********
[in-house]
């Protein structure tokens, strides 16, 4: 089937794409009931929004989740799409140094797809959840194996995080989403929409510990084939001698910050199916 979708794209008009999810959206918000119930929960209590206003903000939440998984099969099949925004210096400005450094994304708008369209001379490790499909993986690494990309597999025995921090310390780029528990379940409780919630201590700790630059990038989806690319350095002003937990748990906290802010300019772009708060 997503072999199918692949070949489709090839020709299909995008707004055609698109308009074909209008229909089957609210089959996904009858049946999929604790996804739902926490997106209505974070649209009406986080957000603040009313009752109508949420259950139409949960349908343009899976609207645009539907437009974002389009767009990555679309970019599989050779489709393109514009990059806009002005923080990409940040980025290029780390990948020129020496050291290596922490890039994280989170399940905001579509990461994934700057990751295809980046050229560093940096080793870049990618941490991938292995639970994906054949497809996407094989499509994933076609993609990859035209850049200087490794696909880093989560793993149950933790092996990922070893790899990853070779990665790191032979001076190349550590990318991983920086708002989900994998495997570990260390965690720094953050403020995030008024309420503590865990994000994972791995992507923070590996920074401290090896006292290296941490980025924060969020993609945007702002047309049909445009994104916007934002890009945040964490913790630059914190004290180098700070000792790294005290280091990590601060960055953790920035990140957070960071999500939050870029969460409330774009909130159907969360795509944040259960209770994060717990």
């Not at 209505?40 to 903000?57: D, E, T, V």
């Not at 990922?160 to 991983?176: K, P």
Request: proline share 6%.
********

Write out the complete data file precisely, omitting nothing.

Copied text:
[in-house]
């Protein structure tokens, strides 16, 4: 089937794409009931929004989740799409140094797809959840194996995080989403929409510990084939001698910050199916 979708794209008009999810959206918000119930929960209590206003903000939440998984099969099949925004210096400005450094994304708008369209001379490790499909993986690494990309597999025995921090310390780029528990379940409780919630201590700790630059990038989806690319350095002003937990748990906290802010300019772009708060 997503072999199918692949070949489709090839020709299909995008707004055609698109308009074909209008229909089957609210089959996904009858049946999929604790996804739902926490997106209505974070649209009406986080957000603040009313009752109508949420259950139409949960349908343009899976609207645009539907437009974002389009767009990555679309970019599989050779489709393109514009990059806009002005923080990409940040980025290029780390990948020129020496050291290596922490890039994280989170399940905001579509990461994934700057990751295809980046050229560093940096080793870049990618941490991938292995639970994906054949497809996407094989499509994933076609993609990859035209850049200087490794696909880093989560793993149950933790092996990922070893790899990853070779990665790191032979001076190349550590990318991983920086708002989900994998495997570990260390965690720094953050403020995030008024309420503590865990994000994972791995992507923070590996920074401290090896006292290296941490980025924060969020993609945007702002047309049909445009994104916007934002890009945040964490913790630059914190004290180098700070000792790294005290280091990590601060960055953790920035990140957070960071999500939050870029969460409330774009909130159907969360795509944040259960209770994060717990």
């Not at 209505?40 to 903000?57: D, E, T, V």
């Not at 990922?160 to 991983?176: K, P």
Request: proline share 6%.